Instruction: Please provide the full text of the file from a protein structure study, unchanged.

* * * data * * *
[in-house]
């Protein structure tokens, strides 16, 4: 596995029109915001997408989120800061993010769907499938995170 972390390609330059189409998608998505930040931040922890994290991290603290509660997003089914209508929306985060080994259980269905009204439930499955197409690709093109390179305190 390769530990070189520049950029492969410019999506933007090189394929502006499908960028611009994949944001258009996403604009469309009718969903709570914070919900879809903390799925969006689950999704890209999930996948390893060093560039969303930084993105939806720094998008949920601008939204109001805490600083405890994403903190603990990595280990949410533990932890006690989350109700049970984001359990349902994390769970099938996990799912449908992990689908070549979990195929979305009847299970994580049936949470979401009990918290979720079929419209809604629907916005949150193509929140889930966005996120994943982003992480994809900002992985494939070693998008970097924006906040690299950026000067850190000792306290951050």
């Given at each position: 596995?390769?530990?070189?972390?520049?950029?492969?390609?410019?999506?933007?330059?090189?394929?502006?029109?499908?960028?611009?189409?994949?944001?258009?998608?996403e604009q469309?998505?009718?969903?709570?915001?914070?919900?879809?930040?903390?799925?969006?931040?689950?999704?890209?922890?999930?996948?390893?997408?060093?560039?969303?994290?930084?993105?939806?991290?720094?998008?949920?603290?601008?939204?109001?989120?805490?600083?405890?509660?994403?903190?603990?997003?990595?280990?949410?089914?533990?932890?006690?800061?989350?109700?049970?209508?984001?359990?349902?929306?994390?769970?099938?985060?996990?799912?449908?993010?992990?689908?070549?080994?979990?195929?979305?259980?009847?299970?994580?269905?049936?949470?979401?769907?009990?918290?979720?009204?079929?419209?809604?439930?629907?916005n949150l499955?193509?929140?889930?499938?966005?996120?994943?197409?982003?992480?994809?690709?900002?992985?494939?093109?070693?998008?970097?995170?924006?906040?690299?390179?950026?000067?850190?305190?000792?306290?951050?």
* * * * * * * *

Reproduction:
[in-house]
């Protein structure tokens, strides 16, 4: 596995029109915001997408989120800061993010769907499938995170 972390390609330059189409998608998505930040931040922890994290991290603290509660997003089914209508929306985060080994259980269905009204439930499955197409690709093109390179305190 390769530990070189520049950029492969410019999506933007090189394929502006499908960028611009994949944001258009996403604009469309009718969903709570914070919900879809903390799925969006689950999704890209999930996948390893060093560039969303930084993105939806720094998008949920601008939204109001805490600083405890994403903190603990990595280990949410533990932890006690989350109700049970984001359990349902994390769970099938996990799912449908992990689908070549979990195929979305009847299970994580049936949470979401009990918290979720079929419209809604629907916005949150193509929140889930966005996120994943982003992480994809900002992985494939070693998008970097924006906040690299950026000067850190000792306290951050």
């Given at each position: 596995?390769?530990?070189?972390?520049?950029?492969?390609?410019?999506?933007?330059?090189?394929?502006?029109?499908?960028?611009?189409?994949?944001?258009?998608?996403e604009q469309?998505?009718?969903?709570?915001?914070?919900?879809?930040?903390?799925?969006?931040?689950?999704?890209?922890?999930?996948?390893?997408?060093?560039?969303?994290?930084?993105?939806?991290?720094?998008?949920?603290?601008?939204?109001?989120?805490?600083?405890?509660?994403?903190?603990?997003?990595?280990?949410?089914?533990?932890?006690?800061?989350?109700?049970?209508?984001?359990?349902?929306?994390?769970?099938?985060?996990?799912?449908?993010?992990?689908?070549?080994?979990?195929?979305?259980?009847?299970?994580?269905?049936?949470?979401?769907?009990?918290?979720?009204?079929?419209?809604?439930?629907?916005n949150l499955?193509?929140?889930?499938?966005?996120?994943?197409?982003?992480?994809?690709?900002?992985?494939?093109?070693?998008?970097?995170?924006?906040?690299?390179?950026?000067?850190?305190?000792?306290?951050?």